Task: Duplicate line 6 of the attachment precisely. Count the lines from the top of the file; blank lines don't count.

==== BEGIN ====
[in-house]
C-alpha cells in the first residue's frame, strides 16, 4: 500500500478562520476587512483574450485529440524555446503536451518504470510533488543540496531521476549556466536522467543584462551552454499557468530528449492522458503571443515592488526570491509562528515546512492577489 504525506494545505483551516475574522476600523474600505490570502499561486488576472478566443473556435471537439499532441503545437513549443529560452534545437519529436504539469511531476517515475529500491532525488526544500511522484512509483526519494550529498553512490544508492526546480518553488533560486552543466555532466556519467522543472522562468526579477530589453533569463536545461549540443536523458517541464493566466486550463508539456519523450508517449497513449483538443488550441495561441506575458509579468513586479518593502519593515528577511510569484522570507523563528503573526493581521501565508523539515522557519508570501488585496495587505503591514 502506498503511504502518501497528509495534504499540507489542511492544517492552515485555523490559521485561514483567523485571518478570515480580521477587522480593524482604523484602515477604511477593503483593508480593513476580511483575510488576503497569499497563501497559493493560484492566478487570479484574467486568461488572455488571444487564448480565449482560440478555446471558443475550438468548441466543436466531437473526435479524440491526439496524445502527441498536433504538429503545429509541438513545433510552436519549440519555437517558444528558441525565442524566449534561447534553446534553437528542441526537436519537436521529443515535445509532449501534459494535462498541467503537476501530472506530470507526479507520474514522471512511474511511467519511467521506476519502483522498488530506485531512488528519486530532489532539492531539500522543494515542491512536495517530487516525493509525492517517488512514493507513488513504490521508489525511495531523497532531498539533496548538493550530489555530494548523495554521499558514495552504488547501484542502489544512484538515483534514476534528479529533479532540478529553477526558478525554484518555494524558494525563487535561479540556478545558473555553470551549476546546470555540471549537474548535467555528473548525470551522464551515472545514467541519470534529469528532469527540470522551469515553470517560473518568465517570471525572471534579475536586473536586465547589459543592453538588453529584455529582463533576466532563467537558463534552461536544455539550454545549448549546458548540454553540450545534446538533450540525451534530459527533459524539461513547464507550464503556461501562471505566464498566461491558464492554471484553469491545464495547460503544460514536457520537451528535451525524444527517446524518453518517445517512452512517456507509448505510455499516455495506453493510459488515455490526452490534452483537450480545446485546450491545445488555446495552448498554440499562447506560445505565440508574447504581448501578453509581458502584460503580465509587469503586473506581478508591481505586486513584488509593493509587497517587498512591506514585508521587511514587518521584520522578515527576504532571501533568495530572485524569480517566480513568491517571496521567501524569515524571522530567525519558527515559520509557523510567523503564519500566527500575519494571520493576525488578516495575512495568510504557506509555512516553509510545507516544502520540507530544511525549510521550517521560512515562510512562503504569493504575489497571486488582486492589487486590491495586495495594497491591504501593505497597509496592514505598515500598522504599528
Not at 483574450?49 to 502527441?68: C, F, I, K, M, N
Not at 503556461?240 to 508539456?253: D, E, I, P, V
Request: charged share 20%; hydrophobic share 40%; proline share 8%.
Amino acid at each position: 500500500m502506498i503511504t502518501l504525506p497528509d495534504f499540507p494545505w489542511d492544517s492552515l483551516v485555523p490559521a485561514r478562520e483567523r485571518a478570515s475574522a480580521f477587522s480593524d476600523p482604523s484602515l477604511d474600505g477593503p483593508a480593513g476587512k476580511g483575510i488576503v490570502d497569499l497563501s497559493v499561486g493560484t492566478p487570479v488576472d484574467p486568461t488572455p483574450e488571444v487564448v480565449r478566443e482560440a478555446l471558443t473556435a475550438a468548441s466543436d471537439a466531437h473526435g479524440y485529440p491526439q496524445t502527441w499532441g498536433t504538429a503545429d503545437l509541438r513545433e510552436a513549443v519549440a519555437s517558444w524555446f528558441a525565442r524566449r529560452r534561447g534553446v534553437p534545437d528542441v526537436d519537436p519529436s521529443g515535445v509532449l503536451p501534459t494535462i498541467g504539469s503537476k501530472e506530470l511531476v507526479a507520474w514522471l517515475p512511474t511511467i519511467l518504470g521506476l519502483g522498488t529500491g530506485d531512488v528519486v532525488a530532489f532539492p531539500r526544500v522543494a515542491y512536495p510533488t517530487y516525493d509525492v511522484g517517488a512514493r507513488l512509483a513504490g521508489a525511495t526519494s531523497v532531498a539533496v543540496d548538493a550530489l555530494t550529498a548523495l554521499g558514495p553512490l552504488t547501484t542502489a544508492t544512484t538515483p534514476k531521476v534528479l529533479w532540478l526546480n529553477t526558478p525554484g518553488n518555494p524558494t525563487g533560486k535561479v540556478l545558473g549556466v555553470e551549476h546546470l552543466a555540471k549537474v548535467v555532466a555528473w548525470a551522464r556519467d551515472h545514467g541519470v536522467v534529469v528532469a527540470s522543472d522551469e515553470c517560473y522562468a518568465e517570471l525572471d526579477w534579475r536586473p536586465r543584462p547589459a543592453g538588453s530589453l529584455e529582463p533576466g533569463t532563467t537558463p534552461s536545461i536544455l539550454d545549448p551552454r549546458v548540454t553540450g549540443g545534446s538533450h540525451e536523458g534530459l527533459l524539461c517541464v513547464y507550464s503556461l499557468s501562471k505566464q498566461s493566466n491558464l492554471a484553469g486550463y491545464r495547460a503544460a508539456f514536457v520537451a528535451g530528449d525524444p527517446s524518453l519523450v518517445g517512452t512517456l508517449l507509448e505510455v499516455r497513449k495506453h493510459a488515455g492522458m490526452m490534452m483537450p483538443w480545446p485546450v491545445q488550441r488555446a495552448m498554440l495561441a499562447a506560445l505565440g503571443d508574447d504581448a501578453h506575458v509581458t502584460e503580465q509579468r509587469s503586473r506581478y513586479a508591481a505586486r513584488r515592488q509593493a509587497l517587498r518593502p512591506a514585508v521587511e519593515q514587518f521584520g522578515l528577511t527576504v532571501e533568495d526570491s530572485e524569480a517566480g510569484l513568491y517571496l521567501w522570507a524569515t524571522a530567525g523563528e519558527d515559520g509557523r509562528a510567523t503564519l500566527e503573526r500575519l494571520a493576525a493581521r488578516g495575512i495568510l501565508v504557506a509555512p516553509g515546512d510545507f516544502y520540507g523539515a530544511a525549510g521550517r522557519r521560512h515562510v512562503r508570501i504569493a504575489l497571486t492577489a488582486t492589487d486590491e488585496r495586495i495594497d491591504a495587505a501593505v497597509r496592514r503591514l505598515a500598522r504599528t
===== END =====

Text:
Amino acid at each position: 500500500m502506498i503511504t502518501l504525506p497528509d495534504f499540507p494545505w489542511d492544517s492552515l483551516v485555523p490559521a485561514r478562520e483567523r485571518a478570515s475574522a480580521f477587522s480593524d476600523p482604523s484602515l477604511d474600505g477593503p483593508a480593513g476587512k476580511g483575510i488576503v490570502d497569499l497563501s497559493v499561486g493560484t492566478p487570479v488576472d484574467p486568461t488572455p483574450e488571444v487564448v480565449r478566443e482560440a478555446l471558443t473556435a475550438a468548441s466543436d471537439a466531437h473526435g479524440y485529440p491526439q496524445t502527441w499532441g498536433t504538429a503545429d503545437l509541438r513545433e510552436a513549443v519549440a519555437s517558444w524555446f528558441a525565442r524566449r529560452r534561447g534553446v534553437p534545437d528542441v526537436d519537436p519529436s521529443g515535445v509532449l503536451p501534459t494535462i498541467g504539469s503537476k501530472e506530470l511531476v507526479a507520474w514522471l517515475p512511474t511511467i519511467l518504470g521506476l519502483g522498488t529500491g530506485d531512488v528519486v532525488a530532489f532539492p531539500r526544500v522543494a515542491y512536495p510533488t517530487y516525493d509525492v511522484g517517488a512514493r507513488l512509483a513504490g521508489a525511495t526519494s531523497v532531498a539533496v543540496d548538493a550530489l555530494t550529498a548523495l554521499g558514495p553512490l552504488t547501484t542502489a544508492t544512484t538515483p534514476k531521476v534528479l529533479w532540478l526546480n529553477t526558478p525554484g518553488n518555494p524558494t525563487g533560486k535561479v540556478l545558473g549556466v555553470e551549476h546546470l552543466a555540471k549537474v548535467v555532466a555528473w548525470a551522464r556519467d551515472h545514467g541519470v536522467v534529469v528532469a527540470s522543472d522551469e515553470c517560473y522562468a518568465e517570471l525572471d526579477w534579475r536586473p536586465r543584462p547589459a543592453g538588453s530589453l529584455e529582463p533576466g533569463t532563467t537558463p534552461s536545461i536544455l539550454d545549448p551552454r549546458v548540454t553540450g549540443g545534446s538533450h540525451e536523458g534530459l527533459l524539461c517541464v513547464y507550464s503556461l499557468s501562471k505566464q498566461s493566466n491558464l492554471a484553469g486550463y491545464r495547460a503544460a508539456f514536457v520537451a528535451g530528449d525524444p527517446s524518453l519523450v518517445g517512452t512517456l508517449l507509448e505510455v499516455r497513449k495506453h493510459a488515455g492522458m490526452m490534452m483537450p483538443w480545446p485546450v491545445q488550441r488555446a495552448m498554440l495561441a499562447a506560445l505565440g503571443d508574447d504581448a501578453h506575458v509581458t502584460e503580465q509579468r509587469s503586473r506581478y513586479a508591481a505586486r513584488r515592488q509593493a509587497l517587498r518593502p512591506a514585508v521587511e519593515q514587518f521584520g522578515l528577511t527576504v532571501e533568495d526570491s530572485e524569480a517566480g510569484l513568491y517571496l521567501w522570507a524569515t524571522a530567525g523563528e519558527d515559520g509557523r509562528a510567523t503564519l500566527e503573526r500575519l494571520a493576525a493581521r488578516g495575512i495568510l501565508v504557506a509555512p516553509g515546512d510545507f516544502y520540507g523539515a530544511a525549510g521550517r522557519r521560512h515562510v512562503r508570501i504569493a504575489l497571486t492577489a488582486t492589487d486590491e488585496r495586495i495594497d491591504a495587505a501593505v497597509r496592514r503591514l505598515a500598522r504599528t